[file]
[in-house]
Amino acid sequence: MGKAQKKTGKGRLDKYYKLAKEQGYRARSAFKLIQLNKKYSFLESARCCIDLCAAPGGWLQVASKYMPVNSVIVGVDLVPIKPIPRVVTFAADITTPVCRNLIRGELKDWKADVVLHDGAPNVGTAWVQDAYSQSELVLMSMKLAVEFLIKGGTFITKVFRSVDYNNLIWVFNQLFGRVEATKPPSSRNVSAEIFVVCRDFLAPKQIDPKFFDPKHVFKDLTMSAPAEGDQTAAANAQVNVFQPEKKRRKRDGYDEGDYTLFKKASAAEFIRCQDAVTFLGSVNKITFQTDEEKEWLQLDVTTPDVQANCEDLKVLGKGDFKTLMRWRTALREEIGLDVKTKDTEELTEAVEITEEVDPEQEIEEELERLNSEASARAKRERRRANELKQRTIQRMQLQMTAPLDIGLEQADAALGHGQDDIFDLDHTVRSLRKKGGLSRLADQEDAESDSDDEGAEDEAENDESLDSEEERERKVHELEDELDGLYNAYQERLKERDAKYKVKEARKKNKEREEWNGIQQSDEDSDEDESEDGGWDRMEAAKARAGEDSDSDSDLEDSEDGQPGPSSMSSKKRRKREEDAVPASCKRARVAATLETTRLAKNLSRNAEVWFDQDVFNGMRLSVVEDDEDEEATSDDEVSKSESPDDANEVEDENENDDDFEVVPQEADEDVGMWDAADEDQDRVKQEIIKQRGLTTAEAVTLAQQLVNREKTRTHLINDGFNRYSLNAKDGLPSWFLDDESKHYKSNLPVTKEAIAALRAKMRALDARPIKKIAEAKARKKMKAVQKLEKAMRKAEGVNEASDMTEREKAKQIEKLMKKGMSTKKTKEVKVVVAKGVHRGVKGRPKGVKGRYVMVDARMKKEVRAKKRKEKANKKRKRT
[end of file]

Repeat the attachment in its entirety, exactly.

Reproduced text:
[in-house]
Amino acid sequence: MGKAQKKTGKGRLDKYYKLAKEQGYRARSAFKLIQLNKKYSFLESARCCIDLCAAPGGWLQVASKYMPVNSVIVGVDLVPIKPIPRVVTFAADITTPVCRNLIRGELKDWKADVVLHDGAPNVGTAWVQDAYSQSELVLMSMKLAVEFLIKGGTFITKVFRSVDYNNLIWVFNQLFGRVEATKPPSSRNVSAEIFVVCRDFLAPKQIDPKFFDPKHVFKDLTMSAPAEGDQTAAANAQVNVFQPEKKRRKRDGYDEGDYTLFKKASAAEFIRCQDAVTFLGSVNKITFQTDEEKEWLQLDVTTPDVQANCEDLKVLGKGDFKTLMRWRTALREEIGLDVKTKDTEELTEAVEITEEVDPEQEIEEELERLNSEASARAKRERRRANELKQRTIQRMQLQMTAPLDIGLEQADAALGHGQDDIFDLDHTVRSLRKKGGLSRLADQEDAESDSDDEGAEDEAENDESLDSEEERERKVHELEDELDGLYNAYQERLKERDAKYKVKEARKKNKEREEWNGIQQSDEDSDEDESEDGGWDRMEAAKARAGEDSDSDSDLEDSEDGQPGPSSMSSKKRRKREEDAVPASCKRARVAATLETTRLAKNLSRNAEVWFDQDVFNGMRLSVVEDDEDEEATSDDEVSKSESPDDANEVEDENENDDDFEVVPQEADEDVGMWDAADEDQDRVKQEIIKQRGLTTAEAVTLAQQLVNREKTRTHLINDGFNRYSLNAKDGLPSWFLDDESKHYKSNLPVTKEAIAALRAKMRALDARPIKKIAEAKARKKMKAVQKLEKAMRKAEGVNEASDMTEREKAKQIEKLMKKGMSTKKTKEVKVVVAKGVHRGVKGRPKGVKGRYVMVDARMKKEVRAKKRKEKANKKRKRT